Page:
O Zion, that bring good tidings, get you up into the high mountain; O Jerusalem, that bring good tidings…
I. THE THOUGHTS THAT CLUSTER AROUND THE NAME. "O Zion, that bringest glad tidings." That is almost a definition of the Church; at any rate, it is a description of her by her most characteristic office and function — that which marks and separates her from all associations and societies of men. Her true dignity is that she bears a Gospel in her hand, and grace is poured into her lips. We are to suppose the manifestation and approach of the Divine Deliverer; hence what constitutes Zion the messenger of good tidings is the presence in her of the living God. Translate that into New Testament language, and it just comes to this: that what constitutes the Church the evangelist for the world is the simple possession of Christ, or of the Gospel, and that breaks out into two or three points.
1. Whoever has Christ has the power to impart Him.
2. The possession of Christ for yourselves imposes upon you the obligation to impart Him.
(1) All property in this world is trust property, and everything that a man knows that can help or bless the moral or spiritual age or intellectual condition of his fellows, he is thereby under solemn obligation to impart. There is an obligation arising from the bands that knit us to one another, so that no man can possess his good alone without being untrue to the solidarity of humanity. You have got, you say, the remedy, healing for all the diseases of humanity. What would you think of a man who in a pestilence was contented with swallowing his own specific, and leaving others to die? You have got the Christ, and you have got Him that you may impart Him.
(2) It is an obligation that arises, too, from the very purposes of your calling. What are you saved for? For your own blessedness? Yes, and No. No creature in God's great universe but is great enough to be a worthy end of the Divine action. But no creature in God's universe so great as that he is a worthy end of the Divine action, if he is going to keep all the Divine gifts in himself. We are all brought into the light that we may impart light.
3. The very fact of the possession of this Gospel, or of this Christ, for ourselves ought to — and in all healthy conditions will — inspire the impulse to impart. All deep conviction longs to be vocal.
II. We have here, in a very picturesque and vivid form, the setting forth of THE MANNER IN WHICH THE EVANGELIST ZION IS TO PROCLAIM HER MESSAGE. The fair-featured herald is bidden to get up into the high mountain, perhaps a mere picturesque detail, perhaps some reference to the local position of the city set upon a hill, like the priests of Ebal or Gerizim, or Alpine shepherds, calling to each other across the valleys, to secure some vantage ground; and, next, to let her voice roll out across the glen. No faltering whisper will do, but a voice that compels audience. "Lift up thy voice with strength." But a timid heart will make a tremulous voice, and fear and doubt will whisper when courage will ring it out. So "be not afraid"; there is the foundation of the clearness and the loudness with which the word is to be uttered. Our message is to be given with a courage and a force that are worthy of it. "Be not afraid." That is a lesson for this day. There are plenty of causes of fear round about us, if, like Peter on the water, we .look at the waves instead of at the Master.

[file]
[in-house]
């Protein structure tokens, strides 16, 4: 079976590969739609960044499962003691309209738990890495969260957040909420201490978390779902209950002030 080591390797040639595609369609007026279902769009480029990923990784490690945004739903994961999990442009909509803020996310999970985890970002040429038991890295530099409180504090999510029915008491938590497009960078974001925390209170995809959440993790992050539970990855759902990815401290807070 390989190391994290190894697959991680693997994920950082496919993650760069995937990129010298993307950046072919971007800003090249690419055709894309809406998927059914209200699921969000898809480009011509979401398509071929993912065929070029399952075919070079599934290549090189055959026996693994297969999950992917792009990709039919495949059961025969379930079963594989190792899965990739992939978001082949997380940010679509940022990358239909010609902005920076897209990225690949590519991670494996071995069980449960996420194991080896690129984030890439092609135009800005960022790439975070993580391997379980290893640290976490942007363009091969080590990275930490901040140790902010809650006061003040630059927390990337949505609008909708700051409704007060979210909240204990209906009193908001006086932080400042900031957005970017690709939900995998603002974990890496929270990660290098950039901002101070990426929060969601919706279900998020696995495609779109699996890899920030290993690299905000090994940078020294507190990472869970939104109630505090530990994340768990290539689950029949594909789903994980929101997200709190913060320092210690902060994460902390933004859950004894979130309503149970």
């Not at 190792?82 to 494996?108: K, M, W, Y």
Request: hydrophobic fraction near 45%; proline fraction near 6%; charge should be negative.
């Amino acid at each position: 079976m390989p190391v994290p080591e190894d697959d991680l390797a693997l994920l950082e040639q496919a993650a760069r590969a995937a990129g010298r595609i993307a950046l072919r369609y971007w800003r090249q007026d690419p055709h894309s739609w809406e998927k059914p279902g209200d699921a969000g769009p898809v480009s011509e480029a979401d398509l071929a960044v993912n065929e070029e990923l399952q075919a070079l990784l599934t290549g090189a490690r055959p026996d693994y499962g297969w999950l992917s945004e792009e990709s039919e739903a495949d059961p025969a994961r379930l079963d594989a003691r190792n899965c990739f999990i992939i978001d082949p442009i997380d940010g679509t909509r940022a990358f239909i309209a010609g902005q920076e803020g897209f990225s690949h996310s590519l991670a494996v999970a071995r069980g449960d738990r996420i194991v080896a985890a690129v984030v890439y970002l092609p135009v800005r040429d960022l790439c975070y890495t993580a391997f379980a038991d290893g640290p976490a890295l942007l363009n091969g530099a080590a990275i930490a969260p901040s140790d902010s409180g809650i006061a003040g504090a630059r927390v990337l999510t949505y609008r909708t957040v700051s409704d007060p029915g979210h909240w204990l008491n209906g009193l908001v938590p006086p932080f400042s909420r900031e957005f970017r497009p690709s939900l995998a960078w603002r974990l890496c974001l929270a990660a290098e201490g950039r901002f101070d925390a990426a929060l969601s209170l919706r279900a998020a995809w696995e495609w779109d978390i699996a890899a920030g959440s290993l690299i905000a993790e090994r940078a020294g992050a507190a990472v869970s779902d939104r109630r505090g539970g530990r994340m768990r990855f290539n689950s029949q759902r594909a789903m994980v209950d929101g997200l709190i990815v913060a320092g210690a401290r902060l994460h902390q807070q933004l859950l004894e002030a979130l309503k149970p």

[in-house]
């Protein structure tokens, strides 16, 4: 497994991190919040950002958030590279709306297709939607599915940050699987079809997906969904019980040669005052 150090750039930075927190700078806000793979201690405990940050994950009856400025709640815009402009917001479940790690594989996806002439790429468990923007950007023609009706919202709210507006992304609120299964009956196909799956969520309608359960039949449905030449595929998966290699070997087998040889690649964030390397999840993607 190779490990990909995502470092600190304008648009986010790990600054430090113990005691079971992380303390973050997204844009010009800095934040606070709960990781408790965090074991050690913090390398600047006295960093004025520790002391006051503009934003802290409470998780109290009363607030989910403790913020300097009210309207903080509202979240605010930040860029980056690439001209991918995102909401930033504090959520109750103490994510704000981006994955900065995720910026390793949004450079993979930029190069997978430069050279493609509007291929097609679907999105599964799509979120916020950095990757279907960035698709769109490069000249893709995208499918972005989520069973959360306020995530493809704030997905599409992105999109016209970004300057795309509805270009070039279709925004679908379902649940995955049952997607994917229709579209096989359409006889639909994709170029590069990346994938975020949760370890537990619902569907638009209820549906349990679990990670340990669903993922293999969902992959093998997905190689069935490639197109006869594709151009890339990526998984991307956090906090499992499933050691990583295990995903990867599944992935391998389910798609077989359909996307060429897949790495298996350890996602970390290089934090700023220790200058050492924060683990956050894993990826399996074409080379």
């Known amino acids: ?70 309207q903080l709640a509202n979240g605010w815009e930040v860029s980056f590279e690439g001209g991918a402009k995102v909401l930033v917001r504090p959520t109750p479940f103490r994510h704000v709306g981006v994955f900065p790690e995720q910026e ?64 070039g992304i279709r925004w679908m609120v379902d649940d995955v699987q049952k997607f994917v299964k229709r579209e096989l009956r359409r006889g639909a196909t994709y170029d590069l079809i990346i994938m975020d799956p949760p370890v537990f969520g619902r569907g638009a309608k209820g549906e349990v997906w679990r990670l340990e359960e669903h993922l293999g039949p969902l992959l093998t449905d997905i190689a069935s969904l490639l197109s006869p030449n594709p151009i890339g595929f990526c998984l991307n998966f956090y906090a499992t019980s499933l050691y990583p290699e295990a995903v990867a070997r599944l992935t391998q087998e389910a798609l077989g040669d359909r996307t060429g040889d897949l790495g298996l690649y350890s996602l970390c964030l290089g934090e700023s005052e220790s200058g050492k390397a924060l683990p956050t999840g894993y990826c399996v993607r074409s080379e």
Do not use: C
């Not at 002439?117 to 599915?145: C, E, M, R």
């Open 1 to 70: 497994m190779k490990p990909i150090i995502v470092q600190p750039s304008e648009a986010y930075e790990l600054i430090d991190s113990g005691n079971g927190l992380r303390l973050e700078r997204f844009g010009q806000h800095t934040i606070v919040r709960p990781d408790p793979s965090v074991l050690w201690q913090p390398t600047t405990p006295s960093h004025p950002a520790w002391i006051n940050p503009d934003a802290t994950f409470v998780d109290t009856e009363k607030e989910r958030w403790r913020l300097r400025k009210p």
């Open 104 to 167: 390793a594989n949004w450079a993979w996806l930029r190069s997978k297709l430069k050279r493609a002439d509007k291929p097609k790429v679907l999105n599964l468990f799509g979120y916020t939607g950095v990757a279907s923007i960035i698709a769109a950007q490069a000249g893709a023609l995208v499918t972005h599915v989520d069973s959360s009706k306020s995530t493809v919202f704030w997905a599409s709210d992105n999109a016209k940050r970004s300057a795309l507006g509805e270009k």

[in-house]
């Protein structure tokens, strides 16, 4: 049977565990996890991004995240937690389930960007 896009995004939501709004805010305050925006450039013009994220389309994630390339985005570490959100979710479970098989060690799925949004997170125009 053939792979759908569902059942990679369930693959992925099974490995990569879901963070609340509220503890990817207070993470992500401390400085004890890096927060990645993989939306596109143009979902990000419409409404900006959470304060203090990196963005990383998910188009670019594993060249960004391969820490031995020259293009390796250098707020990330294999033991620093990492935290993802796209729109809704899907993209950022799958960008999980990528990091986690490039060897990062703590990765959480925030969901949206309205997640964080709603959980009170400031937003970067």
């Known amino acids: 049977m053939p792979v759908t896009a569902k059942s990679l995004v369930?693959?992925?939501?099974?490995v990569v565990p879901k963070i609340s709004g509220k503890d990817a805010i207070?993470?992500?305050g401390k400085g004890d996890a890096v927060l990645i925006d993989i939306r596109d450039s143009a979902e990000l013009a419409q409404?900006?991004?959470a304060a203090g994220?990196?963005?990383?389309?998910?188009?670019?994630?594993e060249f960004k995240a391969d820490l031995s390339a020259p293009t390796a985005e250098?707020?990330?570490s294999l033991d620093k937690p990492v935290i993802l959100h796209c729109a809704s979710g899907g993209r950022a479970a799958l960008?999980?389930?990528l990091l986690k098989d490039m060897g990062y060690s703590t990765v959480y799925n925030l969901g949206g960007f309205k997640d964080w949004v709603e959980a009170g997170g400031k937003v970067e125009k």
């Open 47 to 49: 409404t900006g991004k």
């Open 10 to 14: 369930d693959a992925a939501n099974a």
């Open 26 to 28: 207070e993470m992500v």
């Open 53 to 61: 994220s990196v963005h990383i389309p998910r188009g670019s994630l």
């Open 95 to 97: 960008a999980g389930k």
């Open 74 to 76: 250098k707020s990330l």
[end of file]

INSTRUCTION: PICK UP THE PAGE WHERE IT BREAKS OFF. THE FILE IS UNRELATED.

1. Let us cherish a firm, soul-absorbing confidence in the power and truth of the message we have to tell.
2. Do not let us make too much of the enemy.
3. Let us remember the victories of the past.
4. Above all, let us remember who fights with us.
III. THE SUBSTANCE AND CONTENTS OF THE EVANGELIST ZION'S MESSAGE, "Say unto the cities of Judah, Behold you God!" They were to be pointed to a great historical act, in which God had manifested Himself to men; and the words are not only an exclamation, but an entreaty, and the message was to be given to these little daughter cities of Judah as representing all of those for whom the deliverance had been wrought; — all which things are paralleled in the message that is committed to our hand. We all have given to us the charge of pointing men to the great historical fact wherein God is visible to men. You cannot reveal God by word, you cannot reveal God by thought. There is no way open to Him to make Himself known to His creatures except the way by which men make themselves known to one another, that is, by their deeds; and so high above all speculation, high above all abstraction, nearer to us than all thought, stands the historical fact in which God shows Himself to the world, and that is in the person of Jesus Christ. How beautiful in that connection the verses following my text are: "Behold, the Lord God will come with strong hand"; yet "He shall feed His flock like a shepherd." And so in that Christ is the power of God, for He is the arm of the Lord; and in that Christ is the gentleness of God; and whilst men grope in the darkness, our business is to point to the living, dying Son, and to say, "There you have the ultimate, the perfect representation of the unseen God."
(A. Maclaren, D. D.)
Parallel VersesKJV: O Zion, that bringest good tidings, get thee up into the high mountain; O Jerusalem, that bringest good tidings, lift up thy voice with strength; lift it up, be not afraid; say unto the cities of Judah, Behold your God!
WEB: You who tell good news to Zion, go up on a high mountain. You who tell good news to Jerusalem, lift up your voice with strength. Lift it up. Don't be afraid. Say to the cities of Judah, "Behold, your God!"